BAKUMATSU – Episode 1

By: Chiaki Hirai October 5, 20180 Comments
Close-up of a young man smiling smugly.

What’s it about? Choshu Samurai Shinsaku Takasugi was meant to lead a crusade against the seclusionist Tokugawa Shogunate, leading to the Meiji Restoration that rapidly industrialized Japan, but a fateful encounter with a time machine sends Shinsaku, with his best friend Kogoro Katsura, into an alternate steampunk Japan.


Why does Takasugi have a boob-window shirt on?

A man wearing a belly shirt with a "boob window" cut-out points at another man wearing a long jacket and says "What the heck are you wearing?"
Hold up.

No really, what is up with the alternate timeline fashion here? The Shinsengumi look pretty fashionable in their uniforms inspired by western armies, but it seems the rebel samurai have risen up against them after raiding a Spirit store’s sexy Halloween costume aisle.

Not to say there isn’t a fair amount of exhibition from the anime’s outset, as Takasugi simply instructs Katsura to “strip” as he unravels his kimono when they’re cornered on a Tokugawa treasure boat; but the perpetual club-stripper look for Takasugi and Ryoma Sakamoto makes for one of the most distracting aspects of the show.

BAKUMATSU is here for eye candy dedicated to the (straight) female gaze. There’s no denying that’s the first and foremost focus of this series, based on a mobile otome game that’s been released in Japan. Historical accuracy takes a backseat, though the creators appear to have at least put some emphasis on how these characters are historical figures, highlighting their family crests in the shading of everyone’s hair.

A young man pulls open his robe to reveal both abs and a bunch of tiny bombs tucked into the lining.
Hello sailor

There is a certain level of enchantment many Japanese people have about historical moments in Japan’s military past. The two most prominent chapters of history are Sekigahara in 1600 and the civil war leading up to the Meiji Restoration in the 19th century. The central figures of the rebellion, Takasugi, Katsura, Sakamoto, among others, are idolized by Japanese culture, along with the Shinsengumi, the shogunate’s anti-rebellion taskforce.

It always unnerves me when fiction romanticizes real historical figures. The contributions these men had to the creation of modern-day Japan is often glossed over in an unquestioning and shallow adulation of historical hegemony.

To put it in perspective, shows like BAKUMATSU would be something like an anime about the American Civil War, but with sexy Abe Lincoln having wild west gunfights against sexy Jefferson Davis while General Ulysses S. Grant is, for inexplicable reasons, wearing really fashionable glasses.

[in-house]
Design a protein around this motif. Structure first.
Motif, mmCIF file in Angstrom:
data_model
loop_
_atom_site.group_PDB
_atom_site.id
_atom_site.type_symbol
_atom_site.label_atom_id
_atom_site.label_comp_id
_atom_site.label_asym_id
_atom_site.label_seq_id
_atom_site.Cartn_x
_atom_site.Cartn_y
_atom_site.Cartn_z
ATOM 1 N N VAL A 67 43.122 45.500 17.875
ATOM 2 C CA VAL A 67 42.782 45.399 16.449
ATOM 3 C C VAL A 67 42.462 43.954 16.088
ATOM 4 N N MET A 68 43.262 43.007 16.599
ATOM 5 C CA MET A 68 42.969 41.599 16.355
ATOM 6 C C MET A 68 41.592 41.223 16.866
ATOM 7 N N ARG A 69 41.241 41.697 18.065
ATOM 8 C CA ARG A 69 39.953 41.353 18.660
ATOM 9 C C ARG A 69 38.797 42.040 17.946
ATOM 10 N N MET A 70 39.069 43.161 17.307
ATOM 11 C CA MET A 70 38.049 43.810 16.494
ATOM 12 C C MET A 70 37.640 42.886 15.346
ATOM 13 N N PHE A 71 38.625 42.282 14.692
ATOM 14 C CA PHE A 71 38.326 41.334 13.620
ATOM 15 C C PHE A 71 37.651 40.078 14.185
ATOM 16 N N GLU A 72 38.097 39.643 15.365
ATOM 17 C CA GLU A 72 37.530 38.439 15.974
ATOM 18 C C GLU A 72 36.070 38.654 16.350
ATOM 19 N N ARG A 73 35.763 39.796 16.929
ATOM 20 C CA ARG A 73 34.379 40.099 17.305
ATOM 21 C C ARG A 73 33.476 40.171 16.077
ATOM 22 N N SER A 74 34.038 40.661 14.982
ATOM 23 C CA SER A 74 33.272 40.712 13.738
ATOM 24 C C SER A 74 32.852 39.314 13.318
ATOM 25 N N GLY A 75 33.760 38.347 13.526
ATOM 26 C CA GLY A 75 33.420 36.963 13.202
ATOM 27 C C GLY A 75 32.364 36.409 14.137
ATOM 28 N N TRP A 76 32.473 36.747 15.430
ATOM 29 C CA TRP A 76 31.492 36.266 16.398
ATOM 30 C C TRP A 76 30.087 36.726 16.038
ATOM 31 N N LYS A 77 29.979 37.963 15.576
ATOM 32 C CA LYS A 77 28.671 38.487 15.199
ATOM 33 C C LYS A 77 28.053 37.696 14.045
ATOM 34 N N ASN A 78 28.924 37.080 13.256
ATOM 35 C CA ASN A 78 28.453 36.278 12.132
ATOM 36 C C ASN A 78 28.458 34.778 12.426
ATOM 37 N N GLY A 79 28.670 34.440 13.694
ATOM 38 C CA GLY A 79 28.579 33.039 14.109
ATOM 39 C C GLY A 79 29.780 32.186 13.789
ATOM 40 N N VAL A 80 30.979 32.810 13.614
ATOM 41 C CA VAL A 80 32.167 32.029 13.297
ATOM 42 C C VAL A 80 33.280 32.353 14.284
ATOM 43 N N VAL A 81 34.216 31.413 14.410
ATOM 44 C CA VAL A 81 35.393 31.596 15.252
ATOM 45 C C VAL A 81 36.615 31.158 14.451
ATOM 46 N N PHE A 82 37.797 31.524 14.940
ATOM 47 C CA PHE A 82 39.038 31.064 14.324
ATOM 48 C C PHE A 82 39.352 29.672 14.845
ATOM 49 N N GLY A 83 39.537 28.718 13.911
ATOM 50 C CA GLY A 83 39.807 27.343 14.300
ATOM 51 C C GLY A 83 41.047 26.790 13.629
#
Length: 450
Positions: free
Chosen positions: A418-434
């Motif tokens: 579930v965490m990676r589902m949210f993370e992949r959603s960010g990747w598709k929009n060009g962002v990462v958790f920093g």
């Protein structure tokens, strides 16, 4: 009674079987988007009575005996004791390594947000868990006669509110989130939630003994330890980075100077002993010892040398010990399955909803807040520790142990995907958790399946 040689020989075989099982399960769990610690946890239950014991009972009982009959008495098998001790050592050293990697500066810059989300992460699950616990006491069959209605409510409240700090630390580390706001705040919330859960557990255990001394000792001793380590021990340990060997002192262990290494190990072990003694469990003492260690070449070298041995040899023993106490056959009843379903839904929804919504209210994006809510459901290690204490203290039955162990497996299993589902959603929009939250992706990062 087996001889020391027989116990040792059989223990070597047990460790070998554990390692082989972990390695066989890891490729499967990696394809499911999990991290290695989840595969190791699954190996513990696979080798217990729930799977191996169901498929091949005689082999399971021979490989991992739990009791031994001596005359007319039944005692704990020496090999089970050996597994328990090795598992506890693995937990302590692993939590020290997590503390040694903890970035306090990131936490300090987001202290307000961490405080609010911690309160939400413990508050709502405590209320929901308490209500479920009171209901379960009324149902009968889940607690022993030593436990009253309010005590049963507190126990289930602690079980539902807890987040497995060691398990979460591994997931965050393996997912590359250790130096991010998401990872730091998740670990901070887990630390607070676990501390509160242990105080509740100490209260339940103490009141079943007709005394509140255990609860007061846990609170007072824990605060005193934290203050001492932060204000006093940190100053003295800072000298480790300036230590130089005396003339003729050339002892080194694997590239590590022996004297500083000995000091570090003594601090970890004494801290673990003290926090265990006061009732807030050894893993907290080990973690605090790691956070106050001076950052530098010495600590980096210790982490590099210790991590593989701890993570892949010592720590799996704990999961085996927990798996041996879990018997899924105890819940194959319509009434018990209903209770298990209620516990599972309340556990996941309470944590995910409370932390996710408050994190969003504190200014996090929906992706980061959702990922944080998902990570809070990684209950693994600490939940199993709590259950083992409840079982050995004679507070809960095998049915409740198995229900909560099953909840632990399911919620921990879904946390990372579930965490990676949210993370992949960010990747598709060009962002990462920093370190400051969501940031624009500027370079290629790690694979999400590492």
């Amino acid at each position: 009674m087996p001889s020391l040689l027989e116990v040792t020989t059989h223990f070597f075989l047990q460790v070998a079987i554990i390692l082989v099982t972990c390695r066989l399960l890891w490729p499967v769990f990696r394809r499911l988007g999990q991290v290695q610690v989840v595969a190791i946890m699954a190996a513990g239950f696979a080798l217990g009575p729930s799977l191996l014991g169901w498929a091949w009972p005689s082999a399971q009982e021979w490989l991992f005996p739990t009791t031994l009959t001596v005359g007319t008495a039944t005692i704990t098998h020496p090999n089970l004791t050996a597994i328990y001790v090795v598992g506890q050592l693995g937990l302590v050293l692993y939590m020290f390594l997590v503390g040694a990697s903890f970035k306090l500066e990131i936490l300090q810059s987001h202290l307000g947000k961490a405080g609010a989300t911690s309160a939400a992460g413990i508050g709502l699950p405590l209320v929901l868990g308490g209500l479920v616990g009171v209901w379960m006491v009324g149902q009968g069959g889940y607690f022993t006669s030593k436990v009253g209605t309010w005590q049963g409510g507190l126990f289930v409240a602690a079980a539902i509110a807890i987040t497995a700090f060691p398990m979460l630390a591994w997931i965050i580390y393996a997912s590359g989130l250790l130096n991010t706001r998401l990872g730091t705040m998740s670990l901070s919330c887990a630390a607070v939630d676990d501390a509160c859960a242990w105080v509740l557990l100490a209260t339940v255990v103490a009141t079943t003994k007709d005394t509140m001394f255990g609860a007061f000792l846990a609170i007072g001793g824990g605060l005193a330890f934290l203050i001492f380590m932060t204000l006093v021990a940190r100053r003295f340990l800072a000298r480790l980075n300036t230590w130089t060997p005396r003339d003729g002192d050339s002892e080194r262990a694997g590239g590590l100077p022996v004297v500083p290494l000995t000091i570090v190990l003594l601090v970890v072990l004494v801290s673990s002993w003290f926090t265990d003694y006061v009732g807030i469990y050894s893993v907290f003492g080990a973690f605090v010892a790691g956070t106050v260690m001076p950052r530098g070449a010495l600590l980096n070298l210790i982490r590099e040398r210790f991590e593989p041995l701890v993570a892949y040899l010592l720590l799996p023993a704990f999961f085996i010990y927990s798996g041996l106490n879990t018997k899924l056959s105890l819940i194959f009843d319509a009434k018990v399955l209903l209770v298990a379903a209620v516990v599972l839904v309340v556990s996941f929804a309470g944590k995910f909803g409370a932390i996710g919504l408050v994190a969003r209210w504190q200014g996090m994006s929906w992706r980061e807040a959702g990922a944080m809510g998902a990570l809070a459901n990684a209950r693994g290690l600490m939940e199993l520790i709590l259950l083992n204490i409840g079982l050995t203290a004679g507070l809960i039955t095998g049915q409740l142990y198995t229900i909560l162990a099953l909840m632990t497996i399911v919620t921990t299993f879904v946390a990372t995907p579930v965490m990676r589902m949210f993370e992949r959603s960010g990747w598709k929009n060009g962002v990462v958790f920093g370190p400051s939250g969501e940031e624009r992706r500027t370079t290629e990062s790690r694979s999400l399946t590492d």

A young woman in skintight black clothing, including a wrap around her mouth, crouches down and looks serious.
I have no mouth and I must scream

So far, only one woman has appeared in the series (although there are two more in the opening credits), and her role, aside from stealing the time machine from Takasugi, appeared to be offering a brief interlude of eye candy. Known only as “mysterious women” in the credits, she appears in a body-tight suit, and most of her shots highlight the curvature of her body with slow and deliberate pans.

Notwithstanding the questionable penchant for showing off chests, the show appears to be dripping in sex appeal and sexual humor, even dropping an obvious dick joke towards the end as Takasugi faces off with Toshizo Hijikata of the Shinsengumi.

A young man looks back over his shoulder and says "I'm interested in that long weapon of yours"
Get it? GET IT?!

Visually, the fantasy setting of Susanoo Castle looming in the background is cool. I’ve always liked the industrialized Meiji aesthetic, and BAKUMATSU cranks it up to 11 with the massive citadel of cannons intermingling with cherry blossom trees and Shinto gates. The city of Kyoto has a fresh take on it as well, with Japanese umbrellas covering red western lamps.

Scenery of a fantastical Japan, with traditional buildings in the foreground and a looming forest in the background
Like okay, I actually like this look

So is the show actually… interesting?

Given this is not a straight retelling of historical events nor even a reinterpretation, BAKUMATSU could have the cast go in any which direction, whereas a more historically accurate story might be confined to some harsh realities of certain characters being killed off by the end of the series.

The added benefit of having additional Japanese historical figures pulled from throughout Japan’s military history as antagonists might bring together an all-star cast of warriors, but whether the series will emphasize teaching history or reducing them to sex objects remains to be seen. However, given the emphasis on the show taking place during the twilight era of the Tokugawa shogunate, it’s hard to imagine any of these anachronistic villains taking a leading role compared to the named and revered Shinsengumi, who have already made a memorable entry into the show.

Basically, if you’re in it to watch hot boys wave around their swords in a magical and fictional steampunk Japan, go for it. This is probably what you’ve been waiting for.

About the Author : Chiaki Hirai

Chiaki Hirai is a trans and plural writer and freelance translator working out of San Francisco. Her personal accomplishments include: writing an undergraduate thesis on Touhou Project, getting blacklisted by TokyoPop, and interviewing the creator of Sudoku. In her free time she makes bad jokes about anime or screams about her kinks and urban development on her twitter.

Read more articles from Chiaki Hirai

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